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General Poker Discussion >> Poker Legislation

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Nate tha\\\' Great
Carpal \'Tunnel


Reged: 09/07/03
Posts: 8480
Loc: blogging
Collected thoughts on the next 270 days
      #8059296 - 11/15/06 04:11 AM

There are basically two axes to this problem. On the one axis, you have the outbound (foreign-based) and inbound (US-based) side of the transaction. On the other axis, you have voluntary enforcement and involuntary enforcement.

Outbound side -- Involuntary enforcement.

The new regulations will almost certainly make it illegal for a company like NETELLER to process payments from a US bettor from his NETELLER account into a poker account. Note that this is different from the side of the transaction that involves NETELLER and the US bank. The former clearly involves a transaction with a gambling site, whereas the latter arguably does not.

The catch, of course, is that a foreign-based payment processor is no more obligated to follow US law than a foreign-based poker site like PokerStars. Which brings us to...

Outbound side -- Voluntary enforcement

Firepay has already withdrawn from the US market and all signs are that NETELLER will as well. However, both of these are publicly-traded companies. If there's one thing we learned from the initial round of fallout involving the poker sites, it's that these foreign companies are going to split themselves between US-friendly destinations and those that won't take American action, and that the correlation between this split and the public/private status of the company is near perfect.

Thus, what we need is for a privately-held analog of NETELLER to emerge. ePassporte is probably in the best position to take NETELLER's action and supposedly is going to be added by PokerStars within a couple of weeks. However, I think we'd all feel more comfortable if there were one or two new alternatives to emerge. This almost certainly WILL happen sooner or later, but the timing could be important. In particular, if NETELLER pulls out before ePassporte or other alternatives are fully supported by the poker sites, we could have a scenario where it's basically impossible to deposit money into a poker site for a matter of weeks or months, and that could set the games back by years. If they're smart, by the way, sites like PokerStars will not only begin to support ePassporte, but create incentives like deposit bonuses for American bettors to transfer their action over there in advance of the regulations.

There's also the prospect of further voluntary enforcement from the poker sites themselves. However, I believe this is the last thing we need to be worried about at this stage. Pokerstars, FullTilt and the like are already violating US law, and they have decided that they are comfortable with so doing. Nothing in the publication of the regulations themselves is likely to change this. In fact, the poker sites are probably our biggest allies at this point.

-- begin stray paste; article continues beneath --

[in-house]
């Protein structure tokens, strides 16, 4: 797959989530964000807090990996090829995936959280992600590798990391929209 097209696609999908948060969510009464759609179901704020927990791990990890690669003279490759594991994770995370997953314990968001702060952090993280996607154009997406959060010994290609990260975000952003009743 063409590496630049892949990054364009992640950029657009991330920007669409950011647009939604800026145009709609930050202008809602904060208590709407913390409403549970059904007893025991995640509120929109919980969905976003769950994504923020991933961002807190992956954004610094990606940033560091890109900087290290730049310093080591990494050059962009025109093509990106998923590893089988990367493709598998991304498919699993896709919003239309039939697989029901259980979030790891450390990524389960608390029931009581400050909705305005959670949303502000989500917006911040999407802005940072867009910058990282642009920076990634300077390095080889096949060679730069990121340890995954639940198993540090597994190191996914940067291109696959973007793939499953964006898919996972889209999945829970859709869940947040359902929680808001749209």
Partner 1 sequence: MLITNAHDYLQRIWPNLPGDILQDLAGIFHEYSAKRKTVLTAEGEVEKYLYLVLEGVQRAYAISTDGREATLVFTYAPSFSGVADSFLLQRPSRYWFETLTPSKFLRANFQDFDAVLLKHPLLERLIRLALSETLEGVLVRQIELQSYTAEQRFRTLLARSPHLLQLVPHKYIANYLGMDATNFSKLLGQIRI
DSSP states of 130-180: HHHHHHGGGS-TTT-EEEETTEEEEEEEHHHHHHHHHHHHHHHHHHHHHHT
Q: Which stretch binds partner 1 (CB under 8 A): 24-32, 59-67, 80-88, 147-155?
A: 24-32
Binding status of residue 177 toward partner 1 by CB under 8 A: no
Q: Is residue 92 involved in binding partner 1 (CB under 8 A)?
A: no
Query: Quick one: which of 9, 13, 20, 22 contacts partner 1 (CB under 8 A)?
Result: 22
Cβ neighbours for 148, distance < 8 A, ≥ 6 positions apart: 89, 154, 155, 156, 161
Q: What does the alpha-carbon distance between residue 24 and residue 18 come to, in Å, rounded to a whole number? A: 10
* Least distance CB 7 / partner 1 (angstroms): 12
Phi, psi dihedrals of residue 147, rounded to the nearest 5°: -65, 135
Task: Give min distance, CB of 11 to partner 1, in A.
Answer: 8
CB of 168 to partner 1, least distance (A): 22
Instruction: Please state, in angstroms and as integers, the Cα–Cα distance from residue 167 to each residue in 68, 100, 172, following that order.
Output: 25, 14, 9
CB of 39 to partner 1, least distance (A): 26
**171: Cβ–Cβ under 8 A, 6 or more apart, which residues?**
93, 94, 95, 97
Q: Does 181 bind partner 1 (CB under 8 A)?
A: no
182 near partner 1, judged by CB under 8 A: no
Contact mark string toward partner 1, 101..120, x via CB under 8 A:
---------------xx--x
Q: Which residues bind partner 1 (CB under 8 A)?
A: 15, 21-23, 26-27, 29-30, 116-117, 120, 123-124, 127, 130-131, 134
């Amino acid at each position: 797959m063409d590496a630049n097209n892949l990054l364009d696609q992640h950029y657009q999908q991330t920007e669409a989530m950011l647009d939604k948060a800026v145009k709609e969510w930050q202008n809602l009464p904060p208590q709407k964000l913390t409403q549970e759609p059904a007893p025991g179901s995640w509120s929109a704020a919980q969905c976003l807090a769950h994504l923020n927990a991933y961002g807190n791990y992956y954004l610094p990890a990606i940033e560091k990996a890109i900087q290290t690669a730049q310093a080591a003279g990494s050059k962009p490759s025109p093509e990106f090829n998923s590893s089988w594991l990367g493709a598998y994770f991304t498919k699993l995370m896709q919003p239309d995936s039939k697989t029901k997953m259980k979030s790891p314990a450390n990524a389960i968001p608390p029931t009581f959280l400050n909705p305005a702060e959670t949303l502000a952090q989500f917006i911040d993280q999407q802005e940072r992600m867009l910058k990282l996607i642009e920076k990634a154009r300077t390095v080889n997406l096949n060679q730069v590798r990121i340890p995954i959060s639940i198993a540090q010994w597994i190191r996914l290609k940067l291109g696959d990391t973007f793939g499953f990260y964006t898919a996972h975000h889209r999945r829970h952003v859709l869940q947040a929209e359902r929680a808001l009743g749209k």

Inbound side -- Involuntary enforcement.

There is further ambiguity about whether the new regulations will require US banks to block transactions from sites like NETELLER. The expert opinion on this question has been relatively optimistic so far, but we really won't know until the regulations themselves are drafted.

Inbound side -- Voluntary enforcement

One final prospect is that regulations themselves will be lax or at least extremely ambiguous, but the banks will take it upon themselves to enforce them vigorously. Banks tend to be conservative businesses, and so this threat needs to be taken seriously. On the other hand, there are a couple of favorable points on this issue. Firstly, there are apparently some material technical barriers to blocking transactions through any mechanisms other than credit cards or wire transfers. If it's a matter of turning on a switch to block transactions from NETELLER or ePassporte, the banks might do it even if the law does not require them to. If it's a matter of creating a whole new system to identify blocked transactions, however, the banks are not likely to be as zealous. The second factor, related to this, is that the regulations contain an "out" clause that explicitly relieve the banks of their obligation to block transactions if the regulators determine that the technology to do so does not exist.

Summary

The best-case scenario is basically that ePassporte takes the place of NETELLER -- I think we're almost certainly going to lose NETELLER -- the regulations are lax, and it's more or less business as usual. This might lead to another hiccup or two in game quality but probably not more than that. I think there is roughly a 50%-70% chance of this scenario taking place, but that is a very rough guess.